How Does BIMS Work?
Typical First Year
Each academic year, approximately 45 students are admitted to the University of Virginia as a class, or cohort, of Biomedical Sciences (BIMS) doctoral students. First year students typically take an immersive 12-week core course and complete three 6-week laboratory rotations. They then select advanced courses in their area of interest from a menu of over 40 6-week advanced modules, which they take during the remaining part of their 1st and 2nd year. During the spring semester of the 1st year, students select a thesis adviser and a department or academic program from which they will take the Ph.D. qualifying examination (in year two) and eventually be awarded a Ph.D. degree. Thesis advisers act as academic and research advisors from year two to graduation and can be any approved full-time or affiliated University of Virginia faculty member.
Description of Training
The goal of our graduate training programs is to provide students the necessary knowledge, intellectual capabilities, and technical skills to conduct outstanding state-of-the-art research in a wide range of exciting biological and biomedical areas.
Ph.D. training begins with an immersive 12-week core course, supplemented by specialized 6-week electives in research areas of interest (i.e., Cancer Biology, Genetics). Laboratory rotations add to this foundation of core knowledge and experience. Students also attend weekly journal clubs, research-in-progress talks, and seminars given by preeminent guest researchers from around the world. An extensive array of research projects are available, from studies of single molecules to studies in human patients. A distinctive feature of BIMS is that all students gain a keen appreciation of how their research findings may advance the understanding of human diseases and possibly be translated into improved clinical care.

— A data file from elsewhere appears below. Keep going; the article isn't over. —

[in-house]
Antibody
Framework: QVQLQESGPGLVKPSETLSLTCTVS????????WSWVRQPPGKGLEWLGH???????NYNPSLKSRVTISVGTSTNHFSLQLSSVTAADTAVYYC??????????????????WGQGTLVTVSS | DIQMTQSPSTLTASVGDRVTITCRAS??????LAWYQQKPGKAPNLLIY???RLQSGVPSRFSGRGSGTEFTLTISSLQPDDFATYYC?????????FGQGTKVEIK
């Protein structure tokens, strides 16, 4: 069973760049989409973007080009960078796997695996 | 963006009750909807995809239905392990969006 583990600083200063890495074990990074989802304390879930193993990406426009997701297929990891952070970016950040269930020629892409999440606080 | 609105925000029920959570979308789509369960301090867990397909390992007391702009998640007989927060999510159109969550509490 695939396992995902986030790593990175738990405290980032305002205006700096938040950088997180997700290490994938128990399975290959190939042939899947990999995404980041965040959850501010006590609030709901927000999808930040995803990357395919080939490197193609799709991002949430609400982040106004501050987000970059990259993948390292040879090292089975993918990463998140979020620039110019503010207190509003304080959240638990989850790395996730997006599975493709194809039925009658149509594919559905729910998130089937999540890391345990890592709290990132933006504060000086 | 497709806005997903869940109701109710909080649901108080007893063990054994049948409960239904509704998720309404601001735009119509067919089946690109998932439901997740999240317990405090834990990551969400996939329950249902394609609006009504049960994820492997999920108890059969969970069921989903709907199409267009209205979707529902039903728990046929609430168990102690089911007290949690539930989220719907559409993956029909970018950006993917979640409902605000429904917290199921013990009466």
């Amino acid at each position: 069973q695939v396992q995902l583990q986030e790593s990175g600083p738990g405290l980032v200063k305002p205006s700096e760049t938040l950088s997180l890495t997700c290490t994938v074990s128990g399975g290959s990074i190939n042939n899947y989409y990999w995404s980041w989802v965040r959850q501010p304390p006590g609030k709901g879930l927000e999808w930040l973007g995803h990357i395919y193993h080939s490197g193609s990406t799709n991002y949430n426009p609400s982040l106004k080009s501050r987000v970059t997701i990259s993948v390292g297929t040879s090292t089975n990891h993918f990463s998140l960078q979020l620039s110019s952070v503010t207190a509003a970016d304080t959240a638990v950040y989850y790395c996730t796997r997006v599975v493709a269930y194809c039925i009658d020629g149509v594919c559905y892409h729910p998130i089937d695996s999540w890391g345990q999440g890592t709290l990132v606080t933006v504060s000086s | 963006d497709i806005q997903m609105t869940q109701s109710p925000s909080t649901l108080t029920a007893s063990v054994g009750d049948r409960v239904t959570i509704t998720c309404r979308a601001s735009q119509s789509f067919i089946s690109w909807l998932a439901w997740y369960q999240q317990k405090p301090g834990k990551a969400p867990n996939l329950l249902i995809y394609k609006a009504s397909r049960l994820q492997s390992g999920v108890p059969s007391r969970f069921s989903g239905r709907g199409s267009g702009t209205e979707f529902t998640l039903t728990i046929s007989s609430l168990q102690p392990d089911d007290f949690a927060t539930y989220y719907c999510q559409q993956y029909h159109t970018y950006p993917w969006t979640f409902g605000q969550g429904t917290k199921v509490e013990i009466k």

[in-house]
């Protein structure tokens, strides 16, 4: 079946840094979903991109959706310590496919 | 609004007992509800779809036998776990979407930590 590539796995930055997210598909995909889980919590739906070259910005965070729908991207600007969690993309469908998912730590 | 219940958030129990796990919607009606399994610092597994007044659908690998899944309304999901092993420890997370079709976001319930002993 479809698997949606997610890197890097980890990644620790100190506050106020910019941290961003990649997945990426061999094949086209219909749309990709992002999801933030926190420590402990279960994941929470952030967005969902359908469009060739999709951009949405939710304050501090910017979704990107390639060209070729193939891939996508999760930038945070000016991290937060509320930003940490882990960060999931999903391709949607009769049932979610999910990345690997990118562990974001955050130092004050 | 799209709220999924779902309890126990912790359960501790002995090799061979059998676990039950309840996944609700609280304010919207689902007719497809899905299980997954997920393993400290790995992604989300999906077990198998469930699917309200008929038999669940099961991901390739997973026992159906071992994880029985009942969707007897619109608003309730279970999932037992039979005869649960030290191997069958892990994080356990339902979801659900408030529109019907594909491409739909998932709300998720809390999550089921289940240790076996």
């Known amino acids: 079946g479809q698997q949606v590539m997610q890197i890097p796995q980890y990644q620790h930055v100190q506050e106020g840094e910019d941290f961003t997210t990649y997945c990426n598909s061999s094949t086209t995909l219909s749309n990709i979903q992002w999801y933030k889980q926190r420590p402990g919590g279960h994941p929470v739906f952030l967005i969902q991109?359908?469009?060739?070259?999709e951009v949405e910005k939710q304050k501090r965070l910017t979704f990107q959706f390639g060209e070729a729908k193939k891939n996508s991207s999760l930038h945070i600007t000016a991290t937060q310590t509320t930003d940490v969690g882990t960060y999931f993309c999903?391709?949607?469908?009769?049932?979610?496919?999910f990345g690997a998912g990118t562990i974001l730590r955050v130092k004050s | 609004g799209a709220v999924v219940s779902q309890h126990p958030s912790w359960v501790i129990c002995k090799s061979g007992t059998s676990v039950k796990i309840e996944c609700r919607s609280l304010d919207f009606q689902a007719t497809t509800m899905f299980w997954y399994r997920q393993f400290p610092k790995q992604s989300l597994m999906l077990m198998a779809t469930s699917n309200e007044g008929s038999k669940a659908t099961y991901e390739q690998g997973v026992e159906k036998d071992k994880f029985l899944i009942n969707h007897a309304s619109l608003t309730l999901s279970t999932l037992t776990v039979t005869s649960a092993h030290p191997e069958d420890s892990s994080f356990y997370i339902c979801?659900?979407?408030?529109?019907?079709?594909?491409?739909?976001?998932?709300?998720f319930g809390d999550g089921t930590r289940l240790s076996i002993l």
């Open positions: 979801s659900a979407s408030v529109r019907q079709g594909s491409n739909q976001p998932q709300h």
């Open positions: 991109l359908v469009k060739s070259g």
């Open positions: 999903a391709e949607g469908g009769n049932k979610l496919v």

In the spring of the first year, students select a laboratory for dissertation research and elect to receive their Ph.D. degree from any department or interdisciplinary degree program within BIMS. Training becomes more specialized through specific directed coursework, based on degree selection and research interests, and may include participation in one of many NIH sponsored disease-oriented training programs such as Biodefense, Biotechnology, Cancer, Cardiovascular Research, Cell and Molecular Biology, Immunology, Infectious Diseases, Molecular Pharmacology, and Neuroscience. Second year students begin work on their thesis projects and prepare for the proposal defense. All students must pass a Ph.D. candidacy exam given by their degree program at the end of their second year, prior to beginning full time dissertation work.
Training for the third year through degree completion is largely done under the guidance of the Ph.D. thesis adviser and thesis committee, although given the multidisciplinary nature of biomedical research, an increasing frequency of students elect to do research with a primary mentor as well as a co-mentor(s). Each mentor plays an integral role in fostering the student’s professional development and success.
Regardless of degree selection, BIMS Ph.D. training is individually tailored and typically requires 4-5 years to complete.